The students will add a circle a day with the number and the book they feature that day. Stay tuned to this blog for updates and count with us up to 100. We hope to be able to count by 10′s, 5′s, and maybe by 2′s as well.

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Aug 20

Lesson Plans must meet Student Interests

Johann Herbart contributed to the Harbartian movement to introduce and provide class lesson plans for any class size (Spring, 2011, 251). Teachers needed a formal lesson plan with instruction and classroom organization to prepare students for the workplace. With the development of lesson plans, supervisors could quickly glance on teacher activity and evaluate order and planning. Spring stated an idea that “perception is the first stage in cognition, but its equally important correlative is apperception, or mental assimilation” (Spring, 2011, 251). The most effective instructional method is for material to be presented to interest students. Teachers must organize lesson plans with subject matter that is of interest to students. If they are not interested in the material, then they will lack the motivation to participate and accomplish the learning standards.

 Teaching History’s article stated that teachers were confined to departmental lesson guidelines and lacked the freedom to cater plans to student interests. In the article, Simon Montfort welcomed the prepared lesson guides at first but soon became frustrated and struggled with the restrictions. Simon’s mentor worked with the system to coordinate his lesson plan ideas with the structured ones; however, he continued to struggle with the department head’s approval. He and his mentor devised a plan to work with the lesson plans and see a broader picture of the department’s expectations and he could incorporate his plans. Lesson planning must remember, “presentation is organized so that the material is related to previous interests and knowledge” (Spring, 2011, 251). Teachers must use previous experiences and ideas to build upon new material at student interests.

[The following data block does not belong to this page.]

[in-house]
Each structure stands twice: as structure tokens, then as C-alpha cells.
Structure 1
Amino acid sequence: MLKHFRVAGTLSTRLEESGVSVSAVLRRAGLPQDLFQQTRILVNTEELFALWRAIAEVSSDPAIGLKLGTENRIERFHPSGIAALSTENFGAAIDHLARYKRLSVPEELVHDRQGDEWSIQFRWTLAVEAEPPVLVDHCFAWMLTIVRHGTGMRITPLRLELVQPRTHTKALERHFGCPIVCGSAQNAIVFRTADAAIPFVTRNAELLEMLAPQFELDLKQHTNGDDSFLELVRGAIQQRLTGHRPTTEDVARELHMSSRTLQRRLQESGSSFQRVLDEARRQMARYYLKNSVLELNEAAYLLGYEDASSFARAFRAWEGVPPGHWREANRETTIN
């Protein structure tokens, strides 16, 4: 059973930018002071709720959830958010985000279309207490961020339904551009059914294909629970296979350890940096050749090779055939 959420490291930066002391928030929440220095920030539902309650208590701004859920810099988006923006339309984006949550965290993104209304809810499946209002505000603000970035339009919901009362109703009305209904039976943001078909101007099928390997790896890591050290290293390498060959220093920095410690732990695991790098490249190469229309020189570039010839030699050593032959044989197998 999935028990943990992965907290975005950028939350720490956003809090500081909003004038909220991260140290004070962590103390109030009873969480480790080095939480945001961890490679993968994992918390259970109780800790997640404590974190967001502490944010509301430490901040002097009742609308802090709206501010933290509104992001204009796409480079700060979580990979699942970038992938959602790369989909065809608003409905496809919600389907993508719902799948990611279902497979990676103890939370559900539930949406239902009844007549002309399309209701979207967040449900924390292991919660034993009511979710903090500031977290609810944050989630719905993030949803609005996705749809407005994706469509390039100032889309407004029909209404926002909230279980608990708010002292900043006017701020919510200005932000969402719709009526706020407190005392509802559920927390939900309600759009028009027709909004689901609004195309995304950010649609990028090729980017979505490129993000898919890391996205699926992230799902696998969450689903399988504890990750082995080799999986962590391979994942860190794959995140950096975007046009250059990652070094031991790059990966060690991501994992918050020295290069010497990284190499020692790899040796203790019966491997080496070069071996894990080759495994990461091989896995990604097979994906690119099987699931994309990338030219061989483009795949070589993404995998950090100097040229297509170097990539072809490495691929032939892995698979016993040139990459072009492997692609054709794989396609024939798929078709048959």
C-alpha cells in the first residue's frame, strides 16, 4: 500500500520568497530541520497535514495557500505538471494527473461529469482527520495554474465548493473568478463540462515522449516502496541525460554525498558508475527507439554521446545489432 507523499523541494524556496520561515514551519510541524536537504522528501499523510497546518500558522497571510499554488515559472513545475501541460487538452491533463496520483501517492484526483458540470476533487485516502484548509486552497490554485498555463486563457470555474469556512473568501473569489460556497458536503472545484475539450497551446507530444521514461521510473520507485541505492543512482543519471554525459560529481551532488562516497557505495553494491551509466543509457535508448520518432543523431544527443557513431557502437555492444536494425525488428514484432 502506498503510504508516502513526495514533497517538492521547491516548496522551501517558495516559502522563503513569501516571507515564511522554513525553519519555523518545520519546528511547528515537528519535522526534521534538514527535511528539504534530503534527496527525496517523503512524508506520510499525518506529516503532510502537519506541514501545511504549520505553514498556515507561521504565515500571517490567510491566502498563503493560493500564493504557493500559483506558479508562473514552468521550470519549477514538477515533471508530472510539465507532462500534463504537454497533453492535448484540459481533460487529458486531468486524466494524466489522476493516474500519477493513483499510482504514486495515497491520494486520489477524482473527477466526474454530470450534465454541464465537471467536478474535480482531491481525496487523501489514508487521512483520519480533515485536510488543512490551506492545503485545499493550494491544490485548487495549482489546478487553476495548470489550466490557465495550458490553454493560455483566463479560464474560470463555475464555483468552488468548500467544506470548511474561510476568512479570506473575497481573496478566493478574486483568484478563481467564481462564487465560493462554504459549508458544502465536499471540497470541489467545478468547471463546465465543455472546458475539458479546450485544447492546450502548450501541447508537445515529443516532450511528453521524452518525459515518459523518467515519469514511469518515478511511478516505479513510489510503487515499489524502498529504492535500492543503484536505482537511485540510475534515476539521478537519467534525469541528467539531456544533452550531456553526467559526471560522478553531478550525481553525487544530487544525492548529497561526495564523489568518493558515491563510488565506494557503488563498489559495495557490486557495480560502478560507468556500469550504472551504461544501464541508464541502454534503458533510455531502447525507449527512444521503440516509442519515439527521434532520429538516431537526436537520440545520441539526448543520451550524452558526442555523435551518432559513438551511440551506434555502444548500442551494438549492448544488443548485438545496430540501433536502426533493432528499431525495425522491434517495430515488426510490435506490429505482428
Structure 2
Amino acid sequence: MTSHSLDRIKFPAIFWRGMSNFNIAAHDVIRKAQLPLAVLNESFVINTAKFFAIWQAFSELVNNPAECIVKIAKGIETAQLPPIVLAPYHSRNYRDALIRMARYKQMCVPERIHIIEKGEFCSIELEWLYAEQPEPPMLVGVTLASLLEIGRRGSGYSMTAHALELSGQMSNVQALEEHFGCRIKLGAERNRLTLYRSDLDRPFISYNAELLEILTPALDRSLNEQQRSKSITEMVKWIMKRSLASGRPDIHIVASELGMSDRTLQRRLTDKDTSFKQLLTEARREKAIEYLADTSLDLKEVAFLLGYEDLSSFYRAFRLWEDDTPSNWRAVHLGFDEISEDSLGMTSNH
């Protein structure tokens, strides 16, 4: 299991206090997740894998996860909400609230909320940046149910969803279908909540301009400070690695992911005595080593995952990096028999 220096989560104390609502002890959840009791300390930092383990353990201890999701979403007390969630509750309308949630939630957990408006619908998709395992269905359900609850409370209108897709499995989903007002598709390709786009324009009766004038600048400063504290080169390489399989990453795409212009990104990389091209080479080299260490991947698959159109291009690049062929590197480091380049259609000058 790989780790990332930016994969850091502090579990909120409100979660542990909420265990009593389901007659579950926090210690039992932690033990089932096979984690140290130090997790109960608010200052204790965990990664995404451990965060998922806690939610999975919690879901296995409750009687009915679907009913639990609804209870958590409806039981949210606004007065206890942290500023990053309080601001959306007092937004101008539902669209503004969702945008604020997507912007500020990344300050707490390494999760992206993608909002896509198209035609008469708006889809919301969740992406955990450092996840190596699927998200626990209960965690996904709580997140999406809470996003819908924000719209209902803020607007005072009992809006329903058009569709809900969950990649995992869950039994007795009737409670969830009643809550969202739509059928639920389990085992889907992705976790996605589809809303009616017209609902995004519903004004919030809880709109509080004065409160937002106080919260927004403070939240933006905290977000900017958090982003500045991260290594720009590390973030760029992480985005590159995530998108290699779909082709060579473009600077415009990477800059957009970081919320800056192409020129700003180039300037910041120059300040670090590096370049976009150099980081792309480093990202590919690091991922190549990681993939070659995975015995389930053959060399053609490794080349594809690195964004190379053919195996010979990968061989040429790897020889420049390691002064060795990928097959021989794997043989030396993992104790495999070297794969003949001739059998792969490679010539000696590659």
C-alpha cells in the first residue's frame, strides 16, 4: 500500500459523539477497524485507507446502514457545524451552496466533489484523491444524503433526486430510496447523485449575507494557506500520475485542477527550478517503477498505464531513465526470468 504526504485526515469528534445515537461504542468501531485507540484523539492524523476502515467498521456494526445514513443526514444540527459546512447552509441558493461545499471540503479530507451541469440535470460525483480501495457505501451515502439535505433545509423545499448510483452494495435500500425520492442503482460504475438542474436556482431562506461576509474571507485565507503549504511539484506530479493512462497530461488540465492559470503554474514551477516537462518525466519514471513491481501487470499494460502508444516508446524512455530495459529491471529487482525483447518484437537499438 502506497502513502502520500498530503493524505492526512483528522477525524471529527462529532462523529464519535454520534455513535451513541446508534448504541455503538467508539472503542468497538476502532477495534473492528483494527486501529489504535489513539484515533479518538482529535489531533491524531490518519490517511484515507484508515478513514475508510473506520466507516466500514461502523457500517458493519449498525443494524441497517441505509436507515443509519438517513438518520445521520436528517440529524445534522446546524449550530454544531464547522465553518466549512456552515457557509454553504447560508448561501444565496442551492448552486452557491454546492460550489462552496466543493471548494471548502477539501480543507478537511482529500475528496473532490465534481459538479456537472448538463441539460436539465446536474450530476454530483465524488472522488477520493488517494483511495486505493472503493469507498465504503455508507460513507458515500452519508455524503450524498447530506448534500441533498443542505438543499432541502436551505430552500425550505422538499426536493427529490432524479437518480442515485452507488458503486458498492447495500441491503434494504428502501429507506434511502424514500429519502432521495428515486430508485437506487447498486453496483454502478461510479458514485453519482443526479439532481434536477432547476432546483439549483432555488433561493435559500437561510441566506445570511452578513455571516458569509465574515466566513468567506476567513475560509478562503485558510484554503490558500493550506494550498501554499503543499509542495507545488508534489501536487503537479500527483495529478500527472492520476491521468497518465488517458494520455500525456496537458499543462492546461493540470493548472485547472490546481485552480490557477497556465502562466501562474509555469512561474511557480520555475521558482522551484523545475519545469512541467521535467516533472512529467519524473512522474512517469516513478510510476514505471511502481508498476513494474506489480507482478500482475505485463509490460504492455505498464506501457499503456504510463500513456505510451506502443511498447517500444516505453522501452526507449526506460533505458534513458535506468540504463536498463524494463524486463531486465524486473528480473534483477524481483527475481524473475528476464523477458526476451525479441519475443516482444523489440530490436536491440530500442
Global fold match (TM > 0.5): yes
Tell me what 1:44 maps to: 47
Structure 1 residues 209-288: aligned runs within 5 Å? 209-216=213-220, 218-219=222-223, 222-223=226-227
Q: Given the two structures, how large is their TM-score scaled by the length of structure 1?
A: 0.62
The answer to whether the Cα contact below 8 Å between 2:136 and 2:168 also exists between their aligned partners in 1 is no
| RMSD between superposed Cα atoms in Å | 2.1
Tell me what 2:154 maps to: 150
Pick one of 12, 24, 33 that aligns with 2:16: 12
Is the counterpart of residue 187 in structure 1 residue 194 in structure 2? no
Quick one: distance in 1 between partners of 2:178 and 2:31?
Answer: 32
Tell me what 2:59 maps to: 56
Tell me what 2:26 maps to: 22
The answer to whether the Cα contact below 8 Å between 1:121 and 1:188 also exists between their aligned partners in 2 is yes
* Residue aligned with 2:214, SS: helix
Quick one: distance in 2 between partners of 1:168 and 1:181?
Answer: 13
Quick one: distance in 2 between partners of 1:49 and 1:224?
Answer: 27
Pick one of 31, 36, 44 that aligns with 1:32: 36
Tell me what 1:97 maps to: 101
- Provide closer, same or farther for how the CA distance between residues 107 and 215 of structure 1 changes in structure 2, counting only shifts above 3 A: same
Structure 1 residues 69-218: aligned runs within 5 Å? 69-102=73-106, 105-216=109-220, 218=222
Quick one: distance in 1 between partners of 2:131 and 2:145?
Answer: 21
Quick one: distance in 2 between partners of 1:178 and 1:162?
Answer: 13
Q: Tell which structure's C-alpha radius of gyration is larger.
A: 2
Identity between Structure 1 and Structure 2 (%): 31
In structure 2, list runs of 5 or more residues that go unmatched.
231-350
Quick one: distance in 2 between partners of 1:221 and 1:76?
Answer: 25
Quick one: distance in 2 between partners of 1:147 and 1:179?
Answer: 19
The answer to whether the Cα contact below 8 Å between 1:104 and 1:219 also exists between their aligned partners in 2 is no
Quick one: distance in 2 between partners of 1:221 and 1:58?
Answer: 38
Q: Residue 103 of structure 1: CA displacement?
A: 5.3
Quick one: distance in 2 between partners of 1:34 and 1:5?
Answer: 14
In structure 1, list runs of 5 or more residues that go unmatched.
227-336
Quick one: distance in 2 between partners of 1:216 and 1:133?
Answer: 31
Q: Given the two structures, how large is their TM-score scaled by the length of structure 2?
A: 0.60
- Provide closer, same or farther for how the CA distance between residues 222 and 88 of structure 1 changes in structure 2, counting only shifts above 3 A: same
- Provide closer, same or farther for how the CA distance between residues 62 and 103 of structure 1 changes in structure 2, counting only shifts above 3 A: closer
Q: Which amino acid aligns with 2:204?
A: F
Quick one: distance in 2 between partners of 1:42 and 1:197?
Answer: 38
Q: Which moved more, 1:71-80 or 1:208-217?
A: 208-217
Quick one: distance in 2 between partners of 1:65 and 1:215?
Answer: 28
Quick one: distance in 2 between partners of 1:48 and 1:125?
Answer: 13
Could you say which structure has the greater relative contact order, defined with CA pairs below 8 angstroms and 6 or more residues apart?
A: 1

Spring, J. (2011). The American School: A Global Context from the Puritans to the Obama Era. New York, NY: McGraw-Hill.

This issue’s problem: Simon Montfort is given very little freedom to learn how to plan. (2013). Teaching History, (150), 56-59.

Aug 19

The Existentialist in You

“The teacher should look for the ‘potentiality and wisdom of the person’ and work for self-directed change on the part of the learner” (Ozmon, 2012, 228). In existentialism, the teacher is the facilitator to guide students to discover and explore learning on their own learning styles and levels. Students learn best by doing and the teacher must guard against showing and directing and allow the students to explore and discover to reach their own understanding. As a pre-k teacher, the learner uses existentialism on a daily basis as she serves as class facilitator in allowing students to discover learning centers and activities. She leads students to discover learning on their own levels with the end result to be that of “fully functioning persons” (Ozmon, 2012, 228). She ultimately desires for her students to be successful in the early years of school to high school and on into adulthood. An existentialist gives her students the freedom to grow and explore on their own.

Ozmon, H. (2012) Philosophical Foundations of Education. Boston: Pearson.